I can make a colorable argument that I once defended my life with a shotgun.
I was still a newlywed, and John and I had purchased a house in the woods north of Wasilla, Alaska. I was home alone, out in the yard splitting wood, when a car came down our cul de sac, turned around, and left. This wasn’t completely unusual; we were one of only two houses out that far, but people sometimes take a wrong turn. I noticed them come back around, driving more slowly this time. Maybe they were looking for a different street.
The third time they came around, they stopped, blocking my driveway, and sat there staring at me.
It was two men, but I couldn’t see any details beyond that, the driveway being about a seventy-five feet long and the car dappled with sun and shadow. I was suddenly aware that there was no one else within half a mile of me. I stood there with the splitting maul in my hands, looking at them and making sure they knew that I knew they were there.
When they didn’t budge, I walked in the back door, picked up the shotgun, and walked out onto the front deck, ostentatiously ratcheting a shell into the chamber and taking a wide, alert stance.
They took off, not to be seen again.
Maybe they never would have worked up the nerve to get out of the car. Maybe their intentions weren’t actually dangerous. But the maybe balancing the other end of that scale is quite dire. And I never again chopped wood on my own without that shotgun sitting within arm’s reach.
From that, you might assume that I am a great advocate of guns as home defense. But let’s unpack the incident just a little bit more.
If those men had been motivated victim-seekers, I would never have stood a chance. They could have driven right up the driveway, gotten out of their car with a friendly greeting, and I wouldn’t have even moved toward the house until it was too late. A gun is rarely an effective deterrent–it’s far more likely to kill a family member than an intruder.
Furthermore, my gun was a Winchester Defender repeating shotgun. I had five slugs in that thing, which would do plenty of damage to any would-be assailants. I was not in need of a semi-automatic weapon to protect my life and property. The notion that anyone does need such a weapon is ridiculous and one more straw man in the attempt to intelligently discuss gun control.
I do not fear guns. Living in Alaska, they were tools, protection against wild animals and a method by which meat came home for many. I do not believe that we should confiscate all guns. They do have their place.
But I strongly believe that we can and should regulate the hell out of guns. There are weapons that should be illegal and should be confiscated or bought back. There should be registration and insurance requirements. Background checks without loopholes. If a gun I own is used in a crime, the police should be showing up at my door and asking some pretty tough questions: if it was stolen, why didn’t I report it? If I sold it, why didn’t I do a title change? If I don’t have good answers, then the claim for damages goes against my insurance.
Yes, there are millions of guns in the wild that will be hard to track. But there are thousands of meth labs in the back woods that police can’t locate and no one throws up their hands and says, “Oh well, I guess there’s no point in laws against them.” Laws we make now won’t pay off this year or this decade. But they will pay off for our grand children.
It’s time to get real about the future.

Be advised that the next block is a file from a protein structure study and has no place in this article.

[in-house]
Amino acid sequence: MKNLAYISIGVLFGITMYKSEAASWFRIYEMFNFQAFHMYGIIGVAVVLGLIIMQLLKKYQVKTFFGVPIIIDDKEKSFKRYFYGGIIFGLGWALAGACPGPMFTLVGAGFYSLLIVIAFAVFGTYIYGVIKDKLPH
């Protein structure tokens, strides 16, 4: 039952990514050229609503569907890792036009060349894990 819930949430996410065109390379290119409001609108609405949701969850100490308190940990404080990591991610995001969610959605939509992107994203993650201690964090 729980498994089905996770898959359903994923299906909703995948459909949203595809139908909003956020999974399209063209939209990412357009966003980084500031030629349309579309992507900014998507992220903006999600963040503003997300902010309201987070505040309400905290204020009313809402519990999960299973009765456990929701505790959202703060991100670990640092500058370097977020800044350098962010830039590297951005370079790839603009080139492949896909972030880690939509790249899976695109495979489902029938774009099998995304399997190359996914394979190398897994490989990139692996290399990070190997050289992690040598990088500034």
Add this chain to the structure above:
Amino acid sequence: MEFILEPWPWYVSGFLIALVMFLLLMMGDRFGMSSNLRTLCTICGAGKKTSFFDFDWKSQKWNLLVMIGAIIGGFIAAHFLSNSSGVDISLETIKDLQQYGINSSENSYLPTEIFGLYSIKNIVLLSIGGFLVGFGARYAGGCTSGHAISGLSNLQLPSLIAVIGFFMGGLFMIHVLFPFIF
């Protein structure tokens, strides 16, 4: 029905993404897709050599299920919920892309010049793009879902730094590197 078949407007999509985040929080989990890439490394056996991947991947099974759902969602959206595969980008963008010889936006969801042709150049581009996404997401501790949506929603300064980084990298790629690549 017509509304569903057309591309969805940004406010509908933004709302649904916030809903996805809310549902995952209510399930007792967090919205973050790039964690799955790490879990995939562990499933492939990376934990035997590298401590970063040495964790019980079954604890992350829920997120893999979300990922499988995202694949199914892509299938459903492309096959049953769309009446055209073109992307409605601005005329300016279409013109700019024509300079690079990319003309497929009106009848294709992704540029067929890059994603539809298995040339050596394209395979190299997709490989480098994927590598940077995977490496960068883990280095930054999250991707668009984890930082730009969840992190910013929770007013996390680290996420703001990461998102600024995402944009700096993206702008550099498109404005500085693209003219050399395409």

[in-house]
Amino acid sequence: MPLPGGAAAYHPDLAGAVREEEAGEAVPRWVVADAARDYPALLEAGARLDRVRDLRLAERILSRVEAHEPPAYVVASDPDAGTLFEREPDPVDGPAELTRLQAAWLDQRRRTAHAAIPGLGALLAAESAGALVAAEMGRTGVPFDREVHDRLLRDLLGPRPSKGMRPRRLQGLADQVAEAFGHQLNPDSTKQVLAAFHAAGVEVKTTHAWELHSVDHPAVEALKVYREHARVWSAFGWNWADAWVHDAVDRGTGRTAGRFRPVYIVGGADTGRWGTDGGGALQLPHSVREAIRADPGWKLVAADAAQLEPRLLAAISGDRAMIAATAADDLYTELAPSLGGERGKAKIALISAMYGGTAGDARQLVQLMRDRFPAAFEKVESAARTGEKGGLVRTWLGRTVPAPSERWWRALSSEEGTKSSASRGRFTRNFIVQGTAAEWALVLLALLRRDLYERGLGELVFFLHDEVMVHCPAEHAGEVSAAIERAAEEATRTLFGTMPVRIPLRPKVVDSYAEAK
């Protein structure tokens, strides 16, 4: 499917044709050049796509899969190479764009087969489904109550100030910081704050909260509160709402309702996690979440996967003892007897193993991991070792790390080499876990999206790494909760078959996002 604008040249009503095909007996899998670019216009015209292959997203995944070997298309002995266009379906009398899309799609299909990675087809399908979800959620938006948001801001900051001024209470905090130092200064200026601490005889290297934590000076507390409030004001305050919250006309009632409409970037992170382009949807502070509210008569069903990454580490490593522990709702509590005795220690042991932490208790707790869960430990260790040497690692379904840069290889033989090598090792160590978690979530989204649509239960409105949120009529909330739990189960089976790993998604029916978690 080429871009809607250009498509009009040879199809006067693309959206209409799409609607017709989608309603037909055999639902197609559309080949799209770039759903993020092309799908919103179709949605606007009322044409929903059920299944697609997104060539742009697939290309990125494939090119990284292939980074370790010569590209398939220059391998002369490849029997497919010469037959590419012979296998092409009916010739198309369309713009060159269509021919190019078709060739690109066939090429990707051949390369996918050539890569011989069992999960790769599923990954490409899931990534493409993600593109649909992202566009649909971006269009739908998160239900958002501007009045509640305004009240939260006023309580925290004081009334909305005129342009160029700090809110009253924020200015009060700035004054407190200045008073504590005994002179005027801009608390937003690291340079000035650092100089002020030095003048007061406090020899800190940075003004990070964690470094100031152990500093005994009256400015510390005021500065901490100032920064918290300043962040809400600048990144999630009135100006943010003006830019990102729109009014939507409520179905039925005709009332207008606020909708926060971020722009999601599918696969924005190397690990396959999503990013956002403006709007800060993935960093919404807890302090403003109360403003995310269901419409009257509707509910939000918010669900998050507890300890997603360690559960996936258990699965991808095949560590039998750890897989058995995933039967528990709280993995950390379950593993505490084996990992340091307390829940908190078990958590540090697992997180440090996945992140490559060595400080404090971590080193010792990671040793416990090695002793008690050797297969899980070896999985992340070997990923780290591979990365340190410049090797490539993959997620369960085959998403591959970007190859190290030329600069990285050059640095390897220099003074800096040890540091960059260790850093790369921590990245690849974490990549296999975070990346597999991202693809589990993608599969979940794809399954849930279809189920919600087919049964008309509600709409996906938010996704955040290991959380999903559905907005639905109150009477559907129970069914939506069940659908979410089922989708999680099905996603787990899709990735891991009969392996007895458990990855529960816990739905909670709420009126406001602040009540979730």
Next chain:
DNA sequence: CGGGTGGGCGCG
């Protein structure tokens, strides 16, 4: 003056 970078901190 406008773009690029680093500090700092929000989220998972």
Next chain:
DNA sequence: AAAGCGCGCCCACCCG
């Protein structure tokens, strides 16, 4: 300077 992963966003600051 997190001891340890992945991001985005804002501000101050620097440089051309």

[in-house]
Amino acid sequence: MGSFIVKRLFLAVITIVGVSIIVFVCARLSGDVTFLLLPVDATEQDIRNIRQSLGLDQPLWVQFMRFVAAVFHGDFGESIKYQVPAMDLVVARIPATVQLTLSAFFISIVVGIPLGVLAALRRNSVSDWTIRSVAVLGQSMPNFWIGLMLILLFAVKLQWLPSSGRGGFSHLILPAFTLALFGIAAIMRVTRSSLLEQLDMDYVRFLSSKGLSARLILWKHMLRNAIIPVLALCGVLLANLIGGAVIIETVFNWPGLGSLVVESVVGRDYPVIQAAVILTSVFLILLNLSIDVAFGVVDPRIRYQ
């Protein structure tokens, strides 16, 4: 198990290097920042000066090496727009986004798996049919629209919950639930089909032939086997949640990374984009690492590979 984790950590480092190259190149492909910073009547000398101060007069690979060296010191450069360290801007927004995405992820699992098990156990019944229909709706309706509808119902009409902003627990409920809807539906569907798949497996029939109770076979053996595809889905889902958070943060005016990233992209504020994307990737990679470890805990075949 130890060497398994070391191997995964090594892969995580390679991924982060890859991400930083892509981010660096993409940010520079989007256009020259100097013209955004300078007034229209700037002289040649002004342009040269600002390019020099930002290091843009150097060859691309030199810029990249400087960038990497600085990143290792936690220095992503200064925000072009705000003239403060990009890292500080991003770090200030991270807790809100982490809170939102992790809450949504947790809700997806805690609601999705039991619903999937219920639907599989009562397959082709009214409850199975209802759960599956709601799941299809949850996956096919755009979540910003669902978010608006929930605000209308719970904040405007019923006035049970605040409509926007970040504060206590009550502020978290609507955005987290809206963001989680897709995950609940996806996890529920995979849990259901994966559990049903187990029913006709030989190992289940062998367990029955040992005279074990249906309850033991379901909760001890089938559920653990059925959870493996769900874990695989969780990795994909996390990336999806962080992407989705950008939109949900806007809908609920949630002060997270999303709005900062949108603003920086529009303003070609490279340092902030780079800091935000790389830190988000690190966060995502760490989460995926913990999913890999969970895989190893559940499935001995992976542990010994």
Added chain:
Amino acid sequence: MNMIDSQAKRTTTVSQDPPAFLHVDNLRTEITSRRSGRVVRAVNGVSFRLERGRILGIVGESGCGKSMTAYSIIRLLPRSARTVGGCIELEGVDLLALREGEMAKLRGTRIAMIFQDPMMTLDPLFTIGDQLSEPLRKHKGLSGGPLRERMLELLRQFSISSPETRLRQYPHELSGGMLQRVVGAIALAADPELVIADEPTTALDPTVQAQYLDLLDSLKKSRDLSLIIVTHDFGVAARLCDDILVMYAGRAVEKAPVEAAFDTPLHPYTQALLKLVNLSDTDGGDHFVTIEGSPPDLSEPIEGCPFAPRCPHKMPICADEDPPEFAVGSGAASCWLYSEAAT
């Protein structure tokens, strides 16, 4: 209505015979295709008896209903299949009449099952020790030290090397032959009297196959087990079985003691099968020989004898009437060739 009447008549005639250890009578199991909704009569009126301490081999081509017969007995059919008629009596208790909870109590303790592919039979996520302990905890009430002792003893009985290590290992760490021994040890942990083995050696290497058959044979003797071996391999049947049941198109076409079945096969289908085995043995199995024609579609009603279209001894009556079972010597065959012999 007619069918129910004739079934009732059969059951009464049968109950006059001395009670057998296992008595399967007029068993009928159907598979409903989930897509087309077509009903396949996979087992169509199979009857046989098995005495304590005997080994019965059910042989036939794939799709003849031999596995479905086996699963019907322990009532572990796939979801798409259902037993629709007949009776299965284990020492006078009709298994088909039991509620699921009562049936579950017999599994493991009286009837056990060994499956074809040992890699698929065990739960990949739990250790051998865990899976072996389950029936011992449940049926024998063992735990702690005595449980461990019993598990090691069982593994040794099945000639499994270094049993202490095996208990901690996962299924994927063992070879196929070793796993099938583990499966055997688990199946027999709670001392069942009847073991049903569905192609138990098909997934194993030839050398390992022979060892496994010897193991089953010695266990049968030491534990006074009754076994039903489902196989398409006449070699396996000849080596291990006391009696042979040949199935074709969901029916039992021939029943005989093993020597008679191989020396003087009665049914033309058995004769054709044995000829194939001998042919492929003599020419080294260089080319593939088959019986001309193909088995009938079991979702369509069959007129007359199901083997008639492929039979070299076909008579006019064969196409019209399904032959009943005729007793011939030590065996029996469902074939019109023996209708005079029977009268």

We have been a house of virus this part weekend. I can’t say “flu,” because while Ferrett had a bad cough and sore throat, I’m not 100% sure it was actual influenza and not just some other nastiness going around (yes, we have had flu shots).
In an unusual turn of events, Ferrett was sicker than I. I am usually the one to go down hard. Instead, this course of viral misery has been much more like parenting a three-year-old: if I sat still and quiet, it pretty much ignored me, but if I tried to do anything it was hanging off my arms and demanding my attention.
Nevertheless, life is filled with Things That Need Doing. So Saturday I set out in the morning to run errands–dropping off a package at FedEx, taking boxes of books to the used bookstore, making a quick Costco run, stopping by the comic book store to pick up our “pull” order.
In hindsight, none of those things seem like the kind of rush items demanding me to leave the house while feeling dreadful. Why, at the time, did they all seem imperative?
The problem with illness that isn’t all-consuming is that it’s boring. But it also impairs my ability to make good decisions. This is not new. When I was fourteen and recovering from viral meningitis, I baked my brother a cake from scratch because it was his birthday. I literally had to drag the mixer and the ingredients off the counter and down onto the floor because I was too weak to stand up. Nevertheless, I made him a nice chocolate cake. Frosted, too.
Running these errands? Why not? I got to sit in the car and recover between each one, right? Costco was a bit of a challenge, but I only needed a few things.
I was wiped out by the time I arrived home. Those three-year-olds were having a temper tantrum at me. I needed a nap.
Of course, within half an hour of lying down, I felt not-so-terrible again. And bored. Clearly it was time to sew.
I got a fair amount done, but it reminded me very much of sewing when the girls was little. Feeling sick was this continual nag of middling misery, trying to get my attention. Unlike the girls, illness can’t be distracted by being allowed to pull all the fabric off the shelves, or preoccupied with a project of its own. No, illness is focused and undeterred. It was definitely going to outlast me.
But I knew that stopping was only going to make me feel marginally better, and continuing (within reason) wasn’t going to harm me. So I pressed on. Not for too long, and I went to bed early and got a decent night’s sleep, like a person who’s fighting a virus should. And knowing that I spent a little time making progress on a project makes me feel better about a rather glum weekend.